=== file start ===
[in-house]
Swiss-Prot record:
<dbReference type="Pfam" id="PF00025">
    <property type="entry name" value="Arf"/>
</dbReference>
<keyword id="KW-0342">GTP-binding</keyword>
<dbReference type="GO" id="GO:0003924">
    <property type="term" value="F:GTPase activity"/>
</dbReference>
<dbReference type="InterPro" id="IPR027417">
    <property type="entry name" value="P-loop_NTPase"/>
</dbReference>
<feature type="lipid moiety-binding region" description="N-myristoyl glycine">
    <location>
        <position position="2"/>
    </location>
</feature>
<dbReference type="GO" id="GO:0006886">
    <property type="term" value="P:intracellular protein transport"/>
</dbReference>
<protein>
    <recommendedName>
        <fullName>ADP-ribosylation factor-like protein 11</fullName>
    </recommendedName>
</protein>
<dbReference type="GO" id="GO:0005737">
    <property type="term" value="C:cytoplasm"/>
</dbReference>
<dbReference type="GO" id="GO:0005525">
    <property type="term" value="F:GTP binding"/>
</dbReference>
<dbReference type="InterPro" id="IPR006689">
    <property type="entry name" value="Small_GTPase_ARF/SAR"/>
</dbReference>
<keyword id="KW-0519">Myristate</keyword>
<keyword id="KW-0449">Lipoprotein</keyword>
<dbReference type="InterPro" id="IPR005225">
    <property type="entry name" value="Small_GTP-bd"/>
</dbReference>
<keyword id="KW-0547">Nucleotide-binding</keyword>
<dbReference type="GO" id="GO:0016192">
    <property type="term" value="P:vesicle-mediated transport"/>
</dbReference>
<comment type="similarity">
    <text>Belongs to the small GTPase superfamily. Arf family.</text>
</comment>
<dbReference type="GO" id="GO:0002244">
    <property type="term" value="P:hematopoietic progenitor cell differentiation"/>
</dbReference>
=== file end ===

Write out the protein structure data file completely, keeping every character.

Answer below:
[in-house]
Swiss-Prot record:
<dbReference type="Pfam" id="PF00025">
    <property type="entry name" value="Arf"/>
</dbReference>
<keyword id="KW-0342">GTP-binding</keyword>
<dbReference type="GO" id="GO:0003924">
    <property type="term" value="F:GTPase activity"/>
</dbReference>
<dbReference type="InterPro" id="IPR027417">
    <property type="entry name" value="P-loop_NTPase"/>
</dbReference>
<feature type="lipid moiety-binding region" description="N-myristoyl glycine">
    <location>
        <position position="2"/>
    </location>
</feature>
<dbReference type="GO" id="GO:0006886">
    <property type="term" value="P:intracellular protein transport"/>
</dbReference>
<protein>
    <recommendedName>
        <fullName>ADP-ribosylation factor-like protein 11</fullName>
    </recommendedName>
</protein>
<dbReference type="GO" id="GO:0005737">
    <property type="term" value="C:cytoplasm"/>
</dbReference>
<dbReference type="GO" id="GO:0005525">
    <property type="term" value="F:GTP binding"/>
</dbReference>
<dbReference type="InterPro" id="IPR006689">
    <property type="entry name" value="Small_GTPase_ARF/SAR"/>
</dbReference>
<keyword id="KW-0519">Myristate</keyword>
<keyword id="KW-0449">Lipoprotein</keyword>
<dbReference type="InterPro" id="IPR005225">
    <property type="entry name" value="Small_GTP-bd"/>
</dbReference>
<keyword id="KW-0547">Nucleotide-binding</keyword>
<dbReference type="GO" id="GO:0016192">
    <property type="term" value="P:vesicle-mediated transport"/>
</dbReference>
<comment type="similarity">
    <text>Belongs to the small GTPase superfamily. Arf family.</text>
</comment>
<dbReference type="GO" id="GO:0002244">
    <property type="term" value="P:hematopoietic progenitor cell differentiation"/>
</dbReference>